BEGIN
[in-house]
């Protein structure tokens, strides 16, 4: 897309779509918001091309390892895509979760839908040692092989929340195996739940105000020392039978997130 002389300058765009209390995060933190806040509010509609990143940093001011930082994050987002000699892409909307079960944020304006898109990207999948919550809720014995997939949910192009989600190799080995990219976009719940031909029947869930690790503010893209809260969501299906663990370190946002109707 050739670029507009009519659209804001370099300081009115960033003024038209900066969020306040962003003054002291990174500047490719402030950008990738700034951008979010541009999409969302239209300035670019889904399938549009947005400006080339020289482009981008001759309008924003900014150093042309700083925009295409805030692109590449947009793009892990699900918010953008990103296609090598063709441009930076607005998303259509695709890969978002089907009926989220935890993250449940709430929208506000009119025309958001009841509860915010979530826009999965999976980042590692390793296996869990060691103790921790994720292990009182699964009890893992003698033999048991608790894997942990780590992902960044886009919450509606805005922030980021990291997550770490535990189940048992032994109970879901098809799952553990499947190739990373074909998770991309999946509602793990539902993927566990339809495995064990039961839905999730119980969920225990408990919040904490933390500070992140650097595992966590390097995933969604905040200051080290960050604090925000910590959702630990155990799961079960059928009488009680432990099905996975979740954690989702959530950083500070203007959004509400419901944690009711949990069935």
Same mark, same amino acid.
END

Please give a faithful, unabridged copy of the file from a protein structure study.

[in-house]
């Protein structure tokens, strides 16, 4: 897309779509918001091309390892895509979760839908040692092989929340195996739940105000020392039978997130 002389300058765009209390995060933190806040509010509609990143940093001011930082994050987002000699892409909307079960944020304006898109990207999948919550809720014995997939949910192009989600190799080995990219976009719940031909029947869930690790503010893209809260969501299906663990370190946002109707 050739670029507009009519659209804001370099300081009115960033003024038209900066969020306040962003003054002291990174500047490719402030950008990738700034951008979010541009999409969302239209300035670019889904399938549009947005400006080339020289482009981008001759309008924003900014150093042309700083925009295409805030692109590449947009793009892990699900918010953008990103296609090598063709441009930076607005998303259509695709890969978002089907009926989220935890993250449940709430929208506000009119025309958001009841509860915010979530826009999965999976980042590692390793296996869990060691103790921790994720292990009182699964009890893992003698033999048991608790894997942990780590992902960044886009919450509606805005922030980021990291997550770490535990189940048992032994109970879901098809799952553990499947190739990373074909998770991309999946509602793990539902993927566990339809495995064990039961839905999730119980969920225990408990919040904490933390500070992140650097595992966590390097995933969604905040200051080290960050604090925000910590959702630990155990799961079960059928009488009680432990099905996975979740954690989702959530950083500070203007959004509400419901944690009711949990069935």
Same mark, same amino acid.